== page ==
Campbell was no slouch as a writer; perhaps his most famous story was 1938's "Who Goes There," -- very scary -- adapted for the big screen in 1953 as The Thing From Outer Space," starring James Arness as, well, a giant carnivorous carrot. Not scary. But it was remade in '82 by John Carpenter; his version of The Thing," starring Kurt Russell, was a classic, a truly terrifying tale of a shape-shifting extraterrestrial picking off the members of an isolated antarctic research station, one by one, assimilating and incorporating them into itself, assuming their shape and identity, quite faithful to Campbell's novella, which you can read here.

Nearly thirty years later, I stumbled across Peter Watts' story, "The Things," told from the perspective of the alien. I don't know that I've ever read a more disturbing piece of science fiction. Watts' manages to make us seem thoroughly alien, and the protagonist's point of view, his -- its thoughts about our world, our seemingly-isolated existence, our seemingly-inexplicable reluctance to be "assimilated" by the creature is deeply unsettling.

It begins:

I am being Blair. I escape out the back as the world comes in through the front.

I am being Copper. I am rising from the dead.

I am being Childs. I am guarding the main entrance.

The names don't matter. They are placeholders, nothing more; all biomass is interchangeable. What matters is that these are all that is left of me. The world has burned everything else.

I see myself through the window, loping through the storm, wearing Blair. MacReady has told me to burn Blair if he comes back alone, but MacReady still thinks I am one of him. I am not: I am being Blair, and I am at the door. I am being Childs, and I let myself in. I take brief communion, tendrils writhing forth from my faces, intertwining: I am BlairChilds, exchanging news of the world.

The world has found me out. It has discovered my burrow beneath the tool shed, the half-finished lifeboat cannibalized from the viscera of dead helicopters. The world is busy destroying my means of escape. Then it will come back for me.

There is only one option left. I disintegrate. Being Blair, I go to share the plan with Copper and to feed on the rotting biomass once called Clarke; so many changes in so short a time have dangerously depleted my reserves. Being Childs, I have already consumed what was left of Fuchs and am replenished for the next phase. I sling the flamethrower onto my back and head outside, into the long Antarctic night.

I will go into the storm, and never come back.

I was so much more, before the crash. I was an explorer, an ambassador, a missionary. I spread across the cosmos, met countless worlds, took communion: the fit reshaped the unfit and the whole universe bootstrapped upwards in joyful, infinitesimal increments. I was a soldier, at war with entropy itself. I was the very hand by which Creation perfects itself.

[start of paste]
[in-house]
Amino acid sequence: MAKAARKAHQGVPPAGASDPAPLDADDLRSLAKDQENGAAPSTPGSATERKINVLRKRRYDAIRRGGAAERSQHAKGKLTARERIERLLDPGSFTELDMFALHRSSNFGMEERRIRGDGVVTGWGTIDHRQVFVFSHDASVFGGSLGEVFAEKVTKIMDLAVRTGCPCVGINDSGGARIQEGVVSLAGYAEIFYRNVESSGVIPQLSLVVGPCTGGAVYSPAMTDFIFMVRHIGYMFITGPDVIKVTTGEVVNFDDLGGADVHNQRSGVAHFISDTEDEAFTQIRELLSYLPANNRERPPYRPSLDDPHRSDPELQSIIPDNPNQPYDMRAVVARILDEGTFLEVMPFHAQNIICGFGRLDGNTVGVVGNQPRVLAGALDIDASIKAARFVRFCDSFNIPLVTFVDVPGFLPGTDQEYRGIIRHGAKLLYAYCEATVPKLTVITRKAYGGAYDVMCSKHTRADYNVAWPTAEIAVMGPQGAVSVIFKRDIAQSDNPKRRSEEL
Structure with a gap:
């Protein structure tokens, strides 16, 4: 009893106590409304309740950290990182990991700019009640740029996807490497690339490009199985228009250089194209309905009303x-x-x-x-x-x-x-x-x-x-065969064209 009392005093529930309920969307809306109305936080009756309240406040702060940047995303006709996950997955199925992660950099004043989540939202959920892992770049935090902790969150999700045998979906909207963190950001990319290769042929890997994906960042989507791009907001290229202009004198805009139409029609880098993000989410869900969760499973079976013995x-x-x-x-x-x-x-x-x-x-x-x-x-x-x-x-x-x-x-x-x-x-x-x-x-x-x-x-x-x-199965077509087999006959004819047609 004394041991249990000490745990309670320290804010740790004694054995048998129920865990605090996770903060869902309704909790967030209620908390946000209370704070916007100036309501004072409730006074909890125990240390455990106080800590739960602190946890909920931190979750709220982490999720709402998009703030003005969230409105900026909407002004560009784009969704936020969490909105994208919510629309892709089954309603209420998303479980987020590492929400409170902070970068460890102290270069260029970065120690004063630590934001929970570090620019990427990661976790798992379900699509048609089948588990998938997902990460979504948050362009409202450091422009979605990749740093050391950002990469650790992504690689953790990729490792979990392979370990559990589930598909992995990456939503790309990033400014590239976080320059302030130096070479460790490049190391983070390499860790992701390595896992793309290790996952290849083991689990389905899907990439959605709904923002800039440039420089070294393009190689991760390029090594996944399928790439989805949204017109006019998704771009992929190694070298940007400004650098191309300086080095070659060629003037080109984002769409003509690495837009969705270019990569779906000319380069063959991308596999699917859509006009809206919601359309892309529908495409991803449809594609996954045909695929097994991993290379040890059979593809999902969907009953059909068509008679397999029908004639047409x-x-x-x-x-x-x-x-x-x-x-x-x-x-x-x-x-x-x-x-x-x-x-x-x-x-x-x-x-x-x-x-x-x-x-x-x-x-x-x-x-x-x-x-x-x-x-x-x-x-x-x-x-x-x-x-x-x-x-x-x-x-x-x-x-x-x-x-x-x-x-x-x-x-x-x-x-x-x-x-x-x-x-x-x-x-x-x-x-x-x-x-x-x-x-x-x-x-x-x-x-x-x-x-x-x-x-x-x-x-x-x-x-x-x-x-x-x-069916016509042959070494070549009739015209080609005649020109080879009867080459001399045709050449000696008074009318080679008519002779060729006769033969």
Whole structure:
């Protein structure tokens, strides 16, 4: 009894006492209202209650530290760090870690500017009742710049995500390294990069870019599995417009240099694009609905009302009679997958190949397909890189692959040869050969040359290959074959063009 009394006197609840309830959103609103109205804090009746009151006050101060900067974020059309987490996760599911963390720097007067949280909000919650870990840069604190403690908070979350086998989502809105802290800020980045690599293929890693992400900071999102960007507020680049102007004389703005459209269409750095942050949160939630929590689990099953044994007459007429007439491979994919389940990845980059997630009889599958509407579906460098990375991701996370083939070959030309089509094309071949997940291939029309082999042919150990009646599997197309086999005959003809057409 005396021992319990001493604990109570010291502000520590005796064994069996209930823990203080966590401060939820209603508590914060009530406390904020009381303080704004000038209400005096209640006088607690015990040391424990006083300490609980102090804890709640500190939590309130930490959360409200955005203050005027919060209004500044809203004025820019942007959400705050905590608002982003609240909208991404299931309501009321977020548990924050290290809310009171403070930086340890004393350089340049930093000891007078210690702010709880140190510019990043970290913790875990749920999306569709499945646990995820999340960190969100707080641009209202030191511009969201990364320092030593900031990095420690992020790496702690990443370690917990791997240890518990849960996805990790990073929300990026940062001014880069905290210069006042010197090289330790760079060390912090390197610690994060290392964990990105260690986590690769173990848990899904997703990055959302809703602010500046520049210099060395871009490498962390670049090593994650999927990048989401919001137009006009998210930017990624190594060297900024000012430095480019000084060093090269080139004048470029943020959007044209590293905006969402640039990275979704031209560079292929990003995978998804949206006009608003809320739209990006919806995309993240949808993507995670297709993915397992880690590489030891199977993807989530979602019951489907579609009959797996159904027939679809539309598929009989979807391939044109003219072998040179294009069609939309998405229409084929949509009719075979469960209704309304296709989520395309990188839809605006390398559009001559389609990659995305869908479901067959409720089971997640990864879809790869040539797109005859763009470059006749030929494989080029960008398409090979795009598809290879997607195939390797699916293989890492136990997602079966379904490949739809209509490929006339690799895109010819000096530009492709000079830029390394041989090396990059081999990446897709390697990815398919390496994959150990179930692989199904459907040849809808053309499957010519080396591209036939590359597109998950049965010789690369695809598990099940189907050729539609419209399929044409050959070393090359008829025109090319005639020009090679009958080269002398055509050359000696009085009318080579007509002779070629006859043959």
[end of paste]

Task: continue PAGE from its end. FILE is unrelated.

So much wisdom I had. So much experience. Now I cannot remember all the things I knew. I can only remember that I once knew them ....

Read Campbell's "Who Goes There," or watch Carpenter's The Thing, then read Watts' "The Things."

You may not sleep well, but it's worth it.

Posted by Mike Lief at 10:19 PM

June 05, 2011

Andrew Gold: 1951-2011

Andrew Gold died Friday, only 59 tears old. He was most famous for this song, which takes me back to the '70s and junior high school every time I hear it.

According to Wikipedia, Gold played guitar on Linda Ronstadt's monster hit, "You're No Good," as well as "When Will I Be Loved," and "Heatwave," and was the arranger on her hit album, Heart Like A Wheel. Those songs burned up the charts in '74, and I had the cassette aboard my submarine; I can remember listening on my gigantic, state-of-the-art Walkman while in my coffin-sized rack.

Gold's other big hit was "Thank You For Being a Friend," which was also used as the theme song for the sitcom "Golden Girls," which I've never seen, as I wasn't in the demographic at which it was aimed.

He toured with the Eagles, played with each of the Beatles during their solo careers, and seemed to have had a remarkably prolific career, even after his time at the top of the charts was done.

I didn't know that he was the son of singer Marni Nixon -- Audrey Hepburn's singing voice as Eliza Doolittle, Natalie Wood's singing voice in "West Side Story," and Deborah Kerr's singing voice in "The King and I" -- and Oscar-winning composer Ernest Gold; music was in his blood.

Requiescat in pace.

Posted by Mike Lief at 08:57 PM